DHAKA: The cabinet on Monday approved the proposal to amend Section 21 (2) of the International Crimes (Tribunals) Act, 1973, to ensure equal facilities for both the prosecution and the defence to appeal.
In its weekly meeting chaired by Prime Minister Sheikh Hasina, the cabinet cleared the draft of the proposed bill of the Law Ministry.
According to the ICT Act, 1973, the government can appeal to the Appellate Division of the Supreme Court against an order of acquittal under Section 21(2).
On the other hand, a person convicted of any crime specified in Section 3 and sentenced by the tribunal, can appeal to the Appellate Division of the Supreme Court against such conviction and the sentence in accordance with Section 21(1). Accordingly, the government can only have the right to appeal in the case of acquittal but not for the inadequate sentence delivered any by the tribunal.
In 2009, the law was amended to give the government the right to appeal to the Appellate Division of the Supreme Court against a war crimes verdict in the event of “an order of acquittal”.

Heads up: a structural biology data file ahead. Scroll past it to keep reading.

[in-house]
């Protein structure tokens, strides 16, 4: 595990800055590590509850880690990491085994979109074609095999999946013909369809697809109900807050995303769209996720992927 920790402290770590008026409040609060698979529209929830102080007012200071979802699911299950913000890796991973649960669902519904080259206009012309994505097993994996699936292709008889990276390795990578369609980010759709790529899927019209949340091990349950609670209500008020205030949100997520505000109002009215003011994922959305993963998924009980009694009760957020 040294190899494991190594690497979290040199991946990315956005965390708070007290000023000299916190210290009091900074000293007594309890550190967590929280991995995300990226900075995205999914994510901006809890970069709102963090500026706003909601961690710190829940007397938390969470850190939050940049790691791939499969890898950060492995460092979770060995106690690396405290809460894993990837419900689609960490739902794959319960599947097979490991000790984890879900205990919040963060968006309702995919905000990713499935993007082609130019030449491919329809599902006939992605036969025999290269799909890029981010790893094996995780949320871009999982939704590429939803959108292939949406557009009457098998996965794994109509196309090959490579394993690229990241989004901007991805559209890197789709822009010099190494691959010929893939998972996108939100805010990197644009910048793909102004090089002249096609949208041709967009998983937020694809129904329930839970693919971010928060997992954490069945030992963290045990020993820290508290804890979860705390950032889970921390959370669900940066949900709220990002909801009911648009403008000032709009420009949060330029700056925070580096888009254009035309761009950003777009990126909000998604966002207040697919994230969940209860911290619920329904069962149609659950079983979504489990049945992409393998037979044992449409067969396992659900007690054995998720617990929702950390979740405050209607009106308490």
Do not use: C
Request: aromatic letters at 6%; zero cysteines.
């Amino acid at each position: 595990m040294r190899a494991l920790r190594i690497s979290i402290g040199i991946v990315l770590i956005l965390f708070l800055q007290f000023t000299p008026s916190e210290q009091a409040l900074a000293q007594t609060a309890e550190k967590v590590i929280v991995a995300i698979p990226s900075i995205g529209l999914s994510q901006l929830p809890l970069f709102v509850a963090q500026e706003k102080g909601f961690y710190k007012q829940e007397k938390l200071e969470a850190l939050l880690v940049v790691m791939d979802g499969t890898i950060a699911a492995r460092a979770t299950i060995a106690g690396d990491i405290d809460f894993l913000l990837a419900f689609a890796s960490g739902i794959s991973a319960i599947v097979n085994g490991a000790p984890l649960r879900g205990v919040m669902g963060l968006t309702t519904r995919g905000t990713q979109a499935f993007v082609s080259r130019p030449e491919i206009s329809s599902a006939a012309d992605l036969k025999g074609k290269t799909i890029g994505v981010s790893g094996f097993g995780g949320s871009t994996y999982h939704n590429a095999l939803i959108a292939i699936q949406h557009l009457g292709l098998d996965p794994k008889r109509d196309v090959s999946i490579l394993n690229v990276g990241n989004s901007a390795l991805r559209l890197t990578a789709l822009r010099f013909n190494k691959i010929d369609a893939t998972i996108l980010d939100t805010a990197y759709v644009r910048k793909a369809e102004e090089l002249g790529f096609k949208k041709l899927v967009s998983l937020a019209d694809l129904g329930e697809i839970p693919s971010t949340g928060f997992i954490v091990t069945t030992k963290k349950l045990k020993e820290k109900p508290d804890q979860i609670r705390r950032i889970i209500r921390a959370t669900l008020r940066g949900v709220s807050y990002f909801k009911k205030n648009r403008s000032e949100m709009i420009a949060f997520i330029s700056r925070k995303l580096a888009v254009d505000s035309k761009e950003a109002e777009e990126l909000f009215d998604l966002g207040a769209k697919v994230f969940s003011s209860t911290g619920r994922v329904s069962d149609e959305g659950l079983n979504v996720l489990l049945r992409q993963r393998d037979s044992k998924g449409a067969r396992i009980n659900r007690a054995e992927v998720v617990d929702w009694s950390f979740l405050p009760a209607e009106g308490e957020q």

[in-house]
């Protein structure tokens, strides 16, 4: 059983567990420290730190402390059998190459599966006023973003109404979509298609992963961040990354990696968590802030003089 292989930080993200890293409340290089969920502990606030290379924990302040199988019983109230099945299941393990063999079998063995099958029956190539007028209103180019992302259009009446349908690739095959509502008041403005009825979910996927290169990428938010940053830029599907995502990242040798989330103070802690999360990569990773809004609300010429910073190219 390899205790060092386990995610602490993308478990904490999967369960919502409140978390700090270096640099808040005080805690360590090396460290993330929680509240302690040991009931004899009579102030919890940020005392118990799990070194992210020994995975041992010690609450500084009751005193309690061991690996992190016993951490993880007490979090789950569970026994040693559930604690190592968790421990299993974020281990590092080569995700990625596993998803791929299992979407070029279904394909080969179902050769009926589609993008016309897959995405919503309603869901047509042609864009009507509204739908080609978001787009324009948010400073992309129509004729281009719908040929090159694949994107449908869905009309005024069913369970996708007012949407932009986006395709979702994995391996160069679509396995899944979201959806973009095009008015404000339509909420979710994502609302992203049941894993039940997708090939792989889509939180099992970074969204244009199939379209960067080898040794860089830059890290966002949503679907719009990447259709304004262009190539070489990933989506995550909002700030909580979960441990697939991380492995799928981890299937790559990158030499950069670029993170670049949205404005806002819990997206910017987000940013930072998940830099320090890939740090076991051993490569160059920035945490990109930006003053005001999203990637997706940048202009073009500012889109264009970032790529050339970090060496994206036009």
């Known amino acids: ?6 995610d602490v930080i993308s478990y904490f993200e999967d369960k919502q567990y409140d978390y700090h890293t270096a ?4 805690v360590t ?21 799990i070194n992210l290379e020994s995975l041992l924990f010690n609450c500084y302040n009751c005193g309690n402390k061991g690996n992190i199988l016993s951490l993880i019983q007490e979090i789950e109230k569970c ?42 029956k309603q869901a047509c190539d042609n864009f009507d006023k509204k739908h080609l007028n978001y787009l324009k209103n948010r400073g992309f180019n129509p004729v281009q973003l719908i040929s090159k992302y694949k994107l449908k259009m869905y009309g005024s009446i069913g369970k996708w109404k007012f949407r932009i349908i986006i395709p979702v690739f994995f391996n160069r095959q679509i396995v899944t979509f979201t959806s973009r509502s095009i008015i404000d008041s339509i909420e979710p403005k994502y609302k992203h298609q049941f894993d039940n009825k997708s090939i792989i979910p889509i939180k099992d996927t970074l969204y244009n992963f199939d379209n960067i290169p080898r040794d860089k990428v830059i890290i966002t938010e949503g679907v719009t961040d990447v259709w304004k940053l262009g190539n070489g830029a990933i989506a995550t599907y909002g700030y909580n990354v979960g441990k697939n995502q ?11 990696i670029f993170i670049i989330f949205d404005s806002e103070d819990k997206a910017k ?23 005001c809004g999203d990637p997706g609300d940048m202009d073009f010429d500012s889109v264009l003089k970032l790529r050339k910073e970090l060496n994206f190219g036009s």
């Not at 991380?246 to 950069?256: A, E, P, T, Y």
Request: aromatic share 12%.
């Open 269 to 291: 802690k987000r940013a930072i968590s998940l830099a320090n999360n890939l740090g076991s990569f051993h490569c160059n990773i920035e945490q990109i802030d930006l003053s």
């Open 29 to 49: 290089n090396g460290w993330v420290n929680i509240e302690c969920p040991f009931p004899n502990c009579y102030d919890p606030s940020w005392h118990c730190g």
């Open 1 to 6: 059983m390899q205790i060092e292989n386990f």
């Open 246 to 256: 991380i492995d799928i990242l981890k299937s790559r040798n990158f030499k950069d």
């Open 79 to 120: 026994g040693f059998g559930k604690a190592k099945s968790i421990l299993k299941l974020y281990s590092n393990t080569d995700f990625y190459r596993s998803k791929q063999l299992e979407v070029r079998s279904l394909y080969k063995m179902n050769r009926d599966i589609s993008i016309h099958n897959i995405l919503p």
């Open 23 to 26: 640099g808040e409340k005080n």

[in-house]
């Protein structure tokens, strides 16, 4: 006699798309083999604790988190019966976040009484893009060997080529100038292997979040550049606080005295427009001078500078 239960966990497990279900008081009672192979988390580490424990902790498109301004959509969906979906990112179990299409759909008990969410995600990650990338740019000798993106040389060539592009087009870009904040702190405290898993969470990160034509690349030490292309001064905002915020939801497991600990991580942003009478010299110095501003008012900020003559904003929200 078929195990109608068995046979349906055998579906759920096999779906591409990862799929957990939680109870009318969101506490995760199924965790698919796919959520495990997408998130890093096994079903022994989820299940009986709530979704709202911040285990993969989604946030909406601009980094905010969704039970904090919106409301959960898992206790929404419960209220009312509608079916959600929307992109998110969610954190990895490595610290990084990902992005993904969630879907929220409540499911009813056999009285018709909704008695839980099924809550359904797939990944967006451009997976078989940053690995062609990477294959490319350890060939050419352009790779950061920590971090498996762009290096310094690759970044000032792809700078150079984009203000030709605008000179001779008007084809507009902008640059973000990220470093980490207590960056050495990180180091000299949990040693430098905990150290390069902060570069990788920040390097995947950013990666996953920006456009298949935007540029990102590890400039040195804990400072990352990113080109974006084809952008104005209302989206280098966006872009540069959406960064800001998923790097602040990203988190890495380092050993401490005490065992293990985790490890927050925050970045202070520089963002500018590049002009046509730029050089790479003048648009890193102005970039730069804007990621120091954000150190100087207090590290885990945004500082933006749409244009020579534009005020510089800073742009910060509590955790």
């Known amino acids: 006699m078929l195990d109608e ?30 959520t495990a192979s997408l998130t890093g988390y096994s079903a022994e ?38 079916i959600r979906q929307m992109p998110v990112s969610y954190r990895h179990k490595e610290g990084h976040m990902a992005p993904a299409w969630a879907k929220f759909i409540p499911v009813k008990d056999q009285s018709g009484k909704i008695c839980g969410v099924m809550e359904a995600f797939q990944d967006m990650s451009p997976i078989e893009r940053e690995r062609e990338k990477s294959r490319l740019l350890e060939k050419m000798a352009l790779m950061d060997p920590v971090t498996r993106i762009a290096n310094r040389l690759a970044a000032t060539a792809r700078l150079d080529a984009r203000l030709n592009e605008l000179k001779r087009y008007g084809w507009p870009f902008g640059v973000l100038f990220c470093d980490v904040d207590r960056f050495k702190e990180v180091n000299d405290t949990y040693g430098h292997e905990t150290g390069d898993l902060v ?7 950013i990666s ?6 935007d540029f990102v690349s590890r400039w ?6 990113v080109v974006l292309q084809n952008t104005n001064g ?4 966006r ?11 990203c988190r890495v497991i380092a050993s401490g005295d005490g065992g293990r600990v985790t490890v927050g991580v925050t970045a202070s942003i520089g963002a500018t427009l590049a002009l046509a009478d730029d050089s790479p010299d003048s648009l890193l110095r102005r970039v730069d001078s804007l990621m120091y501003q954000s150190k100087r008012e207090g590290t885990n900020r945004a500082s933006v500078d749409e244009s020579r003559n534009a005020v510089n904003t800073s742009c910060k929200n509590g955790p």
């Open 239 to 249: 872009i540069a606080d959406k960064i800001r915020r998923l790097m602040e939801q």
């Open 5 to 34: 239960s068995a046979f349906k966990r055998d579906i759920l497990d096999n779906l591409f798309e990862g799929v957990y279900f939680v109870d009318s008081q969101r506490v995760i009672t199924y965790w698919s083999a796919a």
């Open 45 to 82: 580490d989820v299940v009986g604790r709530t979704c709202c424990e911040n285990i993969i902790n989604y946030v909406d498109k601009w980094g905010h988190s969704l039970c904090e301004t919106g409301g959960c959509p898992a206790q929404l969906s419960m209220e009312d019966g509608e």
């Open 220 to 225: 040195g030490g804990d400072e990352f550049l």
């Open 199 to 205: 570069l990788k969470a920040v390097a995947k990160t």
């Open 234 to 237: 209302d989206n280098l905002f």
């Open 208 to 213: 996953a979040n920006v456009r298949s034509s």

Despite this amendment, the government — which represents the victims in war crimes cases — still does not have the right to appeal in the case of inadequate sentence.
But the proposed amendment of the ICT law would ensure genuine justice, both for the aggrieved person/party and the prosecution. After the amendment, there will be no obstacle to appeal against the verdict on Quader Molla.
The draft amendment provides that the appellate division of Supreme Court must complete the hearing within 45 days after filing the appeal.
“If the appellate division fails to complete the hearing by 45 days for any special reasons, they will get another 15 days,” Cabinet Secretary M Mosharraf Hossain Bhuiyan told reporters after the meeting.
Earlier on Sunday law minister Barrister Shafique Ahmed told reporters that after approval of the cabinet, the bill will be placed before the Parliament as soon as possible for passage during its current session.
The issue of amending the ICT Act has come to the fore, following the conviction of Jamaat-e-Islami leader Abdul Quader Molla. He was awarded a life term by the International Crimes Tribunal-2 on February 5.
At present the prosecution is able to appeal only against acquittals, but not against the inadequacy of sentences.
Source: The Independent